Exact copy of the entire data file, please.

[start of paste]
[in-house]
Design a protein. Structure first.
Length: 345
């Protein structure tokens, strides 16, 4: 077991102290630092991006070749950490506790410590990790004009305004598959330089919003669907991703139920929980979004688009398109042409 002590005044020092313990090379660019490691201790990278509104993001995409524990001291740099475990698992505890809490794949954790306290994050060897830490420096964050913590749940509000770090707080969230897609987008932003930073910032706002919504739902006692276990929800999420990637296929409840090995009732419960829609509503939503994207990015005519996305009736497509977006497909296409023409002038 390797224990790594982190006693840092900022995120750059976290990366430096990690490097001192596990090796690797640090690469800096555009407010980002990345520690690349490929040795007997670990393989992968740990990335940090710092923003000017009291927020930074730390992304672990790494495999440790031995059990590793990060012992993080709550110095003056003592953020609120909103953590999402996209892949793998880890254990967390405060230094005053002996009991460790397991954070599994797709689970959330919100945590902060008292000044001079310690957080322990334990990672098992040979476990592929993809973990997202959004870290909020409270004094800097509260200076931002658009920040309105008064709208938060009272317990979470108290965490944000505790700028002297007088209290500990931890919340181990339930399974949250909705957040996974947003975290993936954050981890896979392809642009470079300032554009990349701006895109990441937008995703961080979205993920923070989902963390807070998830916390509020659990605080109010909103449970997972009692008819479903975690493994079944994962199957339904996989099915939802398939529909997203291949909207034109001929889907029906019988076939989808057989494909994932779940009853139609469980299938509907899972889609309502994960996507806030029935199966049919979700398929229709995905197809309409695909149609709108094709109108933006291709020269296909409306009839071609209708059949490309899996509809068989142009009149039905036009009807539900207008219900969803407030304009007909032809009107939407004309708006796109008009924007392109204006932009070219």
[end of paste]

[in-house]
Design a protein. Structure first.
Length: 345
């Protein structure tokens, strides 16, 4: 077991102290630092991006070749950490506790410590990790004009305004598959330089919003669907991703139920929980979004688009398109042409 002590005044020092313990090379660019490691201790990278509104993001995409524990001291740099475990698992505890809490794949954790306290994050060897830490420096964050913590749940509000770090707080969230897609987008932003930073910032706002919504739902006692276990929800999420990637296929409840090995009732419960829609509503939503994207990015005519996305009736497509977006497909296409023409002038 390797224990790594982190006693840092900022995120750059976290990366430096990690490097001192596990090796690797640090690469800096555009407010980002990345520690690349490929040795007997670990393989992968740990990335940090710092923003000017009291927020930074730390992304672990790494495999440790031995059990590793990060012992993080709550110095003056003592953020609120909103953590999402996209892949793998880890254990967390405060230094005053002996009991460790397991954070599994797709689970959330919100945590902060008292000044001079310690957080322990334990990672098992040979476990592929993809973990997202959004870290909020409270004094800097509260200076931002658009920040309105008064709208938060009272317990979470108290965490944000505790700028002297007088209290500990931890919340181990339930399974949250909705957040996974947003975290993936954050981890896979392809642009470079300032554009990349701006895109990441937008995703961080979205993920923070989902963390807070998830916390509020659990605080109010909103449970997972009692008819479903975690493994079944994962199957339904996989099915939802398939529909997203291949909207034109001929889907029906019988076939989808057989494909994932779940009853139609469980299938509907899972889609309502994960996507806030029935199966049919979700398929229709995905197809309409695909149609709108094709109108933006291709020269296909409306009839071609209708059949490309899996509809068989142009009149039905036009009807539900207008219900969803407030304009007909032809009107939407004309708006796109008009924007392109204006932009070219």